It came to my mind when I was cleaning something inside my tank. Usually I have to switch something with latex gloves on. So I took one pair and tried it. Test passed.


I thought that maybe I could put on a second pair. And again test passed.

One can imagine all laboratory equipment or medical equipment with a flat control panel, easy to clean and control.

Then I thought that maybe I should use something more solid. I found gloves usually used for cleaning. I don’t know what kind of rubber it is. Right now it is not important. Test passed.


I can do something inside my tank and then press the button. But what if I want to turn on more lights when I’m going out with fleece gloves on? Still works.




So maybe I’m going out for dinner wearing leather gloves but I forgot to turn off the lights? Still works.




Well. I’m going to reach the top of K2, but I need to feed all animals before. Thick winter gloves are no problem at all.



Last try. I need to slow down a pump, but I’m going to dive and I have thick (5mm) neoprene gloves. Again everything is under control.




Tahugh guy. It is funny, because all other devices with sensor buttons I have in my apartment stop working when I wear simple latex gloves. I could test in in many other ways but it is difficult to press the button and take the picture of LED on.


Something on functional description.

The supplier provided list of functionalities. Let’s have a look.


SmartSense Auto-Tuning

We’ve met it in the past and we will work with that in the future. I guess most of the features are because of this function.


Proximity sensing

This one is very nice stuff. You can reduce power consumption by eliminating or at least reducing lights. Very useful in case of household devices. To be honest I’m not enthusiastic about LEDs everywhere. I’ve calculated that in one room I’ve got about seven LEDs and one of them is blinking. It is a little bit annoying (especially blue colour). This feature connects with the wake-on approach function. Less power consumption, green technology, ISO 14000 – Earth will be happy.

I’ve checked it with a default configuration in the EZ-Click 2.0. I started with diving gloves. Detection was delayed but it was not so bad. Really, I can work with it.


Button sensor auto-reset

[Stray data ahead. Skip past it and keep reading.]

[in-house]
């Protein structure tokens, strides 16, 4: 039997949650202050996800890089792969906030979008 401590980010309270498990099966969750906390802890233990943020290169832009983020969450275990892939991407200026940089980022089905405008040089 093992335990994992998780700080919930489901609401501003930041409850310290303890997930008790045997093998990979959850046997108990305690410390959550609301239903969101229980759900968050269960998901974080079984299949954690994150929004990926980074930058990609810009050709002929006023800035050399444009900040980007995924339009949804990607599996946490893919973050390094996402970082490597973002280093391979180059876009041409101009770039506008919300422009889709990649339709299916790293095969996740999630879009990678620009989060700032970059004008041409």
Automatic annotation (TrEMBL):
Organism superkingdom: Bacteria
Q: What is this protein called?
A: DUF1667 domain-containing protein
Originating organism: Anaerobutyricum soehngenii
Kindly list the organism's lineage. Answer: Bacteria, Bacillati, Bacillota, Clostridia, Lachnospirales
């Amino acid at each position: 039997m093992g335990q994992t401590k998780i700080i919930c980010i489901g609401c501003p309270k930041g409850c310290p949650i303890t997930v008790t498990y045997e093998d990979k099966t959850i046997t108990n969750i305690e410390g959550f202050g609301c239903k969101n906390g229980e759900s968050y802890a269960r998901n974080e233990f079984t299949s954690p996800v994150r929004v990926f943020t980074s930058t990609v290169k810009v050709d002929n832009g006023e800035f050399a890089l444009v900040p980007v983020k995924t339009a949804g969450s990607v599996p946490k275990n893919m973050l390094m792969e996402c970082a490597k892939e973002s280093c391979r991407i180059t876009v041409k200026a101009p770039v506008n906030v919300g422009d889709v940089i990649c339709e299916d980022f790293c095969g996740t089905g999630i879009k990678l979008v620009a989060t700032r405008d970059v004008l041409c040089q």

Here I put several grams of solder on buttons. It worked also with a metal can, a screwdriver and keys. At this point I started to think about this device as an enemy. I wanted to find weak point, to feel disappointment, to feel supremacy over it.

Right now I’m surrounded by lots of devices with such sensors: a ceramic hob, an elevator, a microwave oven, laptops, tablets, city buses. All have troubles with their sensors. I can feel the difference.

Flanking sensor suppression (FSS)

Simply put, this eliminates false touches. It can be easily checked in the Kit by pressing two buttons in parallel. It is not so easy to do that with one finger, so I expect this function to do the job where buttons are close to each other and not clearly marked.  It might be useful when water is spilt on all buttons. Then we are sure, that we press only one button. But one cannot be sure which one will be pressed. To avoid such behavior a shield and a guard sensor option is needed.

There is one disadvantage. Buttons configured with FSS cannot be pressed together even when they are not close to each other.

In the past I had a nice vision of the panel of my ACU. Mechanical buttons came to my mind at the beginning, but then I started to look for something water resistant. Then I found that membrane buttons would be better. But I don’t think these look nice. I have one device with membrane buttons. It works but I prefer to hide it somewhere. Then I’ve found MBR3 on page and imagined a nice looking panel with some lights, different sizes and shapes of buttons.

The MBR3 makes it more complex. I need to decide which buttons can work together. I should keep in mind which one will be closer and would need FSS. I have to remember about path length and design rules.

Regarding the design rules. Supplier provided a nice looking excel sheet. There are lots of cells to fill and get some useful numbers. Hardware development is a different story; I will try it in the future.

The point is, that MBR3 makes project more complicated during prototyping phase. The good news is that lots of things can be configured after development. It should be also possible to suppress some hardware mistakes with software or simply avoid unwanted behaviors. The software development is cheaper. As always it is good to have more in a microchip memory than on a PCB.

And I have one question. Could be buttons immersed in water during operation?


Toggle (touch on/off)

We can have monostable or bistable switch. Or…


LED-on time

… We can have a button with delay.


LED brightness control

We can control LEDs in many useful ways.


Buzzer signal output

And even we can have an acoustic feedback.


All are working, all are in software and all have lots of possible ways of working. When all features are controlled by CY8CMBR3116 all works just nice and smooth.


System diagnostics

This is kind of tool that provides methods to check, if main input readings are in range. I tried to use this tool to see communication on an I2C bus. I connected the LabTool to the device. It was the first step before I started playing with an external host.



MBR3 as a standalone device

This idea came to my mind when I was playing with the toggle option. I made a small PCB with:

  • Relay: HLS8L-DC5V-S-C;
  • Photocoupler TLP627-2;
  • Greeen LED;
  • One resistor.


The relay is able to switch on/off any device. It is driven by a photocoupler. Inside the TLP627 is a LED so it is almost like connect a visible one to MBR3. The green LED is just for indication. In fact I can hear the relay switching so the LED was not needed.

I connected all to the GPO2 output through the resistor and enabled a GPIO host control in EZ-Click.


First of all. It works.

Second – if I had also a sensor coupled with this output (like it is with SC3-6 inputs) then I would have a standalone device. All we need is just power supply. Right now I can imagine a switch that turn on/off lights in the room. Small description:

  • When lights are off, proximity sensor turn on reduced lights and works only when hand is detected;
  • Touched device toggles lights;


Easy. Nice and will help find a cat in the middle of the night.